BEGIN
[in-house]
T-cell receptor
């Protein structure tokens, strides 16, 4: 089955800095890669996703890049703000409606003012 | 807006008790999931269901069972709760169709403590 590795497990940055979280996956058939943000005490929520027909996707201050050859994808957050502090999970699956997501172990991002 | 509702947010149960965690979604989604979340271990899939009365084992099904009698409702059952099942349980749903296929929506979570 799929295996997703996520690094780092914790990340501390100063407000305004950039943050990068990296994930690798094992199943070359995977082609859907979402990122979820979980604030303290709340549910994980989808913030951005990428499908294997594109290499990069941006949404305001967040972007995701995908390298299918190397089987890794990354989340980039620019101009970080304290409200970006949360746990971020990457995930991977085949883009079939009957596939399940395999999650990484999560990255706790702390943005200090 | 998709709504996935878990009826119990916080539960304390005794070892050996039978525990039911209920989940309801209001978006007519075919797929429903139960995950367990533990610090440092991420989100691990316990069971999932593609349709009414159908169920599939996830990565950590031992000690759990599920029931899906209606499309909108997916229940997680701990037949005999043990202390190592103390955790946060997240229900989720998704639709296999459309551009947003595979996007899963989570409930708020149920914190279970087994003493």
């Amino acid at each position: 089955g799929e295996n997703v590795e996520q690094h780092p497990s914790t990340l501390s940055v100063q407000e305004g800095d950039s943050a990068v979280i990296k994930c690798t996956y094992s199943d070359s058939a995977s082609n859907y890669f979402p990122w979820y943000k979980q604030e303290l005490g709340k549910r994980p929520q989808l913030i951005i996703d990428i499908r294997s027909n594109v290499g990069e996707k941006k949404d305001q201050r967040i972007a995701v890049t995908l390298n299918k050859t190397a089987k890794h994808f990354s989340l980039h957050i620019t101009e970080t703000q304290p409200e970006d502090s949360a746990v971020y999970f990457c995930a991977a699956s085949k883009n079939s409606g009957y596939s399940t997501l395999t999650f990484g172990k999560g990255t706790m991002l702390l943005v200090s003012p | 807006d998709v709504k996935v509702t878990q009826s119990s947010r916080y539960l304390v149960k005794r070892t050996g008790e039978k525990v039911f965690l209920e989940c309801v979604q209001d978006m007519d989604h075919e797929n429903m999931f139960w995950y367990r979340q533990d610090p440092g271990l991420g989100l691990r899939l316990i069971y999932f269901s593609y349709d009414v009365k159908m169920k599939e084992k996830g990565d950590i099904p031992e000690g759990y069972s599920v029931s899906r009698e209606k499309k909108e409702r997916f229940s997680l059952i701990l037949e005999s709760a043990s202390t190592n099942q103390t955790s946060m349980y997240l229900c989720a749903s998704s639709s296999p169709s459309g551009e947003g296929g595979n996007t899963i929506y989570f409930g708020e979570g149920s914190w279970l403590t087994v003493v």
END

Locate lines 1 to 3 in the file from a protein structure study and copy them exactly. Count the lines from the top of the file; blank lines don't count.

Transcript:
[in-house]
T-cell receptor
């Protein structure tokens, strides 16, 4: 089955800095890669996703890049703000409606003012 | 807006008790999931269901069972709760169709403590 590795497990940055979280996956058939943000005490929520027909996707201050050859994808957050502090999970699956997501172990991002 | 509702947010149960965690979604989604979340271990899939009365084992099904009698409702059952099942349980749903296929929506979570 799929295996997703996520690094780092914790990340501390100063407000305004950039943050990068990296994930690798094992199943070359995977082609859907979402990122979820979980604030303290709340549910994980989808913030951005990428499908294997594109290499990069941006949404305001967040972007995701995908390298299918190397089987890794990354989340980039620019101009970080304290409200970006949360746990971020990457995930991977085949883009079939009957596939399940395999999650990484999560990255706790702390943005200090 | 998709709504996935878990009826119990916080539960304390005794070892050996039978525990039911209920989940309801209001978006007519075919797929429903139960995950367990533990610090440092991420989100691990316990069971999932593609349709009414159908169920599939996830990565950590031992000690759990599920029931899906209606499309909108997916229940997680701990037949005999043990202390190592103390955790946060997240229900989720998704639709296999459309551009947003595979996007899963989570409930708020149920914190279970087994003493």